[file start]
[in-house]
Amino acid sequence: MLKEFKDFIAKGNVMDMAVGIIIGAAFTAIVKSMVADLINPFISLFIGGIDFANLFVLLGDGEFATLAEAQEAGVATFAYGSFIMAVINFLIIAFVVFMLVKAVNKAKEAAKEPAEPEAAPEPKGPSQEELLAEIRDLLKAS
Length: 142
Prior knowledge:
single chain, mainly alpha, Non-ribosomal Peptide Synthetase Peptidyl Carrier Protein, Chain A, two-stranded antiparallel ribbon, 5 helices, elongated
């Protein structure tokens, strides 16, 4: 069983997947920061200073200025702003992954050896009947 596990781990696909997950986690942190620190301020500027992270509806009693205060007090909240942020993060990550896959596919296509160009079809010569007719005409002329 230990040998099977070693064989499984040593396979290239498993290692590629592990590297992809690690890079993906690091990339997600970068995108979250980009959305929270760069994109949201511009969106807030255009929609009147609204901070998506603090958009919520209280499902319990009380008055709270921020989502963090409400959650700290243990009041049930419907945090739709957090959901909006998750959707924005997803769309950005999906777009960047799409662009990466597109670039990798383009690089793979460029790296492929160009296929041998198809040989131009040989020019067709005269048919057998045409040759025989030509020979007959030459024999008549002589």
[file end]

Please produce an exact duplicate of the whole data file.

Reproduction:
[in-house]
Amino acid sequence: MLKEFKDFIAKGNVMDMAVGIIIGAAFTAIVKSMVADLINPFISLFIGGIDFANLFVLLGDGEFATLAEAQEAGVATFAYGSFIMAVINFLIIAFVVFMLVKAVNKAKEAAKEPAEPEAAPEPKGPSQEELLAEIRDLLKAS
Length: 142
Prior knowledge:
single chain, mainly alpha, Non-ribosomal Peptide Synthetase Peptidyl Carrier Protein, Chain A, two-stranded antiparallel ribbon, 5 helices, elongated
């Protein structure tokens, strides 16, 4: 069983997947920061200073200025702003992954050896009947 596990781990696909997950986690942190620190301020500027992270509806009693205060007090909240942020993060990550896959596919296509160009079809010569007719005409002329 230990040998099977070693064989499984040593396979290239498993290692590629592990590297992809690690890079993906690091990339997600970068995108979250980009959305929270760069994109949201511009969106807030255009929609009147609204901070998506603090958009919520209280499902319990009380008055709270921020989502963090409400959650700290243990009041049930419907945090739709957090959901909006998750959707924005997803769309950005999906777009960047799409662009990466597109670039990798383009690089793979460029790296492929160009296929041998198809040989131009040989020019067709005269048919057998045409040759025989030509020979007959030459024999008549002589």